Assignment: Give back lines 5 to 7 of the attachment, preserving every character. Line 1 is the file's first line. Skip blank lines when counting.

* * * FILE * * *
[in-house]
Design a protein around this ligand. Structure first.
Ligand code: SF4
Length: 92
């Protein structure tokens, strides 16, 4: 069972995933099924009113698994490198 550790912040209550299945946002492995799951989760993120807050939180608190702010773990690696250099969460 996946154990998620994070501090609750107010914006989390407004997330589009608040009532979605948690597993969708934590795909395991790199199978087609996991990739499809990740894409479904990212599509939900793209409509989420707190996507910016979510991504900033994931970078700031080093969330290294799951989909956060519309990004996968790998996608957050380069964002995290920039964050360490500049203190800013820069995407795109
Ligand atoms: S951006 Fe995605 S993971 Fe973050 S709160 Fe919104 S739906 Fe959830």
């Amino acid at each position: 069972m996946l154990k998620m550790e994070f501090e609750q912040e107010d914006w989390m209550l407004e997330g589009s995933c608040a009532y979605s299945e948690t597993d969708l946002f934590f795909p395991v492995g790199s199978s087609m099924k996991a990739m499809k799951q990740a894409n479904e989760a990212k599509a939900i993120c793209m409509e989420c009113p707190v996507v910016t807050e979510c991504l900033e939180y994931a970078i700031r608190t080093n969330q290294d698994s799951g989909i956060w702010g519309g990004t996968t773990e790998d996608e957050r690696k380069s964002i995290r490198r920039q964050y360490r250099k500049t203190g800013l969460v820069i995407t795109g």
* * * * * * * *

């Protein structure tokens, strides 16, 4: 069972995933099924009113698994490198 550790912040209550299945946002492995799951989760993120807050939180608190702010773990690696250099969460 996946154990998620994070501090609750107010914006989390407004997330589009608040009532979605948690597993969708934590795909395991790199199978087609996991990739499809990740894409479904990212599509939900793209409509989420707190996507910016979510991504900033994931970078700031080093969330290294799951989909956060519309990004996968790998996608957050380069964002995290920039964050360490500049203190800013820069995407795109
Ligand atoms: S951006 Fe995605 S993971 Fe973050 S709160 Fe919104 S739906 Fe959830």
């Amino acid at each position: 069972m996946l154990k998620m550790e994070f501090e609750q912040e107010d914006w989390m209550l407004e997330g589009s995933c608040a009532y979605s299945e948690t597993d969708l946002f934590f795909p395991v492995g790199s199978s087609m099924k996991a990739m499809k799951q990740a894409n479904e989760a990212k599509a939900i993120c793209m409509e989420c009113p707190v996507v910016t807050e979510c991504l900033e939180y994931a970078i700031r608190t080093n969330q290294d698994s799951g989909i956060w702010g519309g990004t996968t773990e790998d996608e957050r690696k380069s964002i995290r490198r920039q964050y360490r250099k500049t203190g800013l969460v820069i995407t795109g």